Take 5: Billy Corben

The “Cocaine Cowboys” impresario launches the next iteration of the Miami crime saga

In the late 1960s, the population of Miami Beach consisted of “a lot of old people just  sitting on rocking chairs waiting to die.” That’s how one observer characterized it in the  opening of Billy Corben’s 2006 documentary “Cocaine Cowboys.”

But by the early 1970s, when drug traffickers began exploiting Miami’s miles of unguarded shoreline, the city became awash in white powder. Opportunistic locals, who moved drugs from South American cartels through an intricate network of boats, planes, cars and safe houses, discovered a $20 billion annual empire that only crumbled when blood began to shed. Narco money from the Miami Drug War, which started with a broad-daylight shootout at Dadeland Mall in 1979, built Miami into the thriving metropolis it is today while claiming the lives of innocent women and children, a devil’s bargain that “Cocaine Cowboys” helped to chronicle.

Corben’s documentary has since inspired a sequel, a docuseries, a photo book and, now, a stage play, premiering March 7 at the Colony Theatre, courtesy of Miami New Drama. Corben, who was still writing the adaptation at the time of this interview, is centering the  play on Rivi Ayala, the soft-spoken assassin who confessed to 29 murders on behalf of Miami’s most ruthless cocaine boss.

Corben, a boyish 40-year-old with a delightfully foul mouth, is the Ken Burns of seedy South Florida, with many of his 11 documentaries covering the region’s sordid history. March also marks the theatrical rollout of his newest film, “Screwball,” about a major-league steroid scandal and a star athlete. He spoke about this and “Cocaine Cowboys” with Boca mag.

1. When you were making the first “Cocaine Cowboys” documentary, did you have any conception that it would spawn a multimedia franchise?

Yeah, actually. The deeper we dove into that world, the more excited I got for the franchise potential, or the ancillary or spinoff potential. And every time I’d come up with one of these ideas, Alfred Spellman, my producer, would always go, “can we just make the f**king documentary? One thing at a time.”

2. Why are we attracted to such stories of murder, drugs and decadence?

This has been the discussion we’ve been having about the macro themes of the play. One of the things that has come up repeatedly is the audience’s intrigue with outlaws and bandits and scofflaws, and the idea that these figures can easily be misconstrued as folk heroes. A certain percentage of the audience finds them aspirational, which is frightening.

I hope that most of the audience is not wanted toward evil. It’s exposure to a subculture of criminality that, hopefully, they will never be a part of. I think that’s part of it—the idea that I’m never going to be a hitman, which is all the more reason why I find this glimpse into this world so compelling.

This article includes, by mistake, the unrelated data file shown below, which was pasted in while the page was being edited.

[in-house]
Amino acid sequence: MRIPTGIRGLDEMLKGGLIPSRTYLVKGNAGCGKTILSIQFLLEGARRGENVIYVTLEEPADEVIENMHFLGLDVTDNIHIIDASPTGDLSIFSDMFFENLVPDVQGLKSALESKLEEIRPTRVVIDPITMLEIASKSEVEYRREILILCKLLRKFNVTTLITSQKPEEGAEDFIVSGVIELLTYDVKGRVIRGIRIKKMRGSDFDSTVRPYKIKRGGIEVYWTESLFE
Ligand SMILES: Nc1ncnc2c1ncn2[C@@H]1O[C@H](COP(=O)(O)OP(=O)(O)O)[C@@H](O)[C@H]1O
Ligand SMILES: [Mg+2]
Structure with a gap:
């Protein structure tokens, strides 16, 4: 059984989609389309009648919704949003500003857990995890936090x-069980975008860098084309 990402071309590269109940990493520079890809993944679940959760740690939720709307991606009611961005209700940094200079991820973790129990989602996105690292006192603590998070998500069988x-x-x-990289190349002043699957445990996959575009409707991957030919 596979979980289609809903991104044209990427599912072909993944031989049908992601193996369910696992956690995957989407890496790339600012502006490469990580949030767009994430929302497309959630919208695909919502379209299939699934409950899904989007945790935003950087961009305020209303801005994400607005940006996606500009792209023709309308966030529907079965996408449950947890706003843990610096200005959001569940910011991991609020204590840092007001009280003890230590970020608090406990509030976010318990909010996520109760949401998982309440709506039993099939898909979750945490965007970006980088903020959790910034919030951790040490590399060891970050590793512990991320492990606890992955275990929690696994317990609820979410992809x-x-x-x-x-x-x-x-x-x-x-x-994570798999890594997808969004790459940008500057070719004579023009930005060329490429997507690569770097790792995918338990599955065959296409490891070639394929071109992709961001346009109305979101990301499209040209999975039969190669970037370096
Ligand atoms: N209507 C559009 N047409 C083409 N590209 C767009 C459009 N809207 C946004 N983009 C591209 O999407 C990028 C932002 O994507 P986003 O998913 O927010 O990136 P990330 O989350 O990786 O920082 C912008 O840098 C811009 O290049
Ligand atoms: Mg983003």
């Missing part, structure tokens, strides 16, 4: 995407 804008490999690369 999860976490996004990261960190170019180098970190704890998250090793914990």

3. How do you hope we feel about Rivi Ayala? 

He spoke in a very quiet voice in person. So when you’re talking to him, you almost have to lean into him. It’s only at that moment when you’re ear to ear do you realize, wait, this guy’s an assassin. He’s disarming in that way—very charming. We do not shy away from his violence or from his brutality. But at the same time, there is something about him that is appealing—that allowed people to draw close to him. And some of those people did not survive to walk away. The audience will have the benefit of surviving the evening.

4. Your latest movie, “Screwball,” also has a Florida connection? 

It is probably our most Florida tale of Florida f**kery ever. We out-Florida’d ourselves with this one. It is the Biogenesis steroid scandal, which ended the career of the highest-paid baseball player in history, and it involved a fake doctor who ran a grey-market steroid clinic out of Coral Gables. We liken it to the Coen Brothers, Elmore Leonard and Carl Hiaasen in a blender with Florida citrus.

5. It sounds like a comedy this time around. 

Some filmmakers might have engaged in the pearl-clutching that comes along with a steroid scandal. But this was a uniquely Florida story with such an irreverent and bizarre cast of characters. We create these multinational super-criminal conglomerates where people from all over the world meet each other and hatch these ridiculous schemes. That’s why we called it “Screwball.”


IF YOU GO:

WHAT: “Cocaine Cowboys”
WHERE: Colony Theatre, 1040 Lincoln Road, Miami Beach
WHEN: March 7 – April 7
COST: $35-$65
CONTACT: 305/674-1040


This story is from our March/April 2019 issue of Boca magazine. For more content like this, subscribe to the magazine.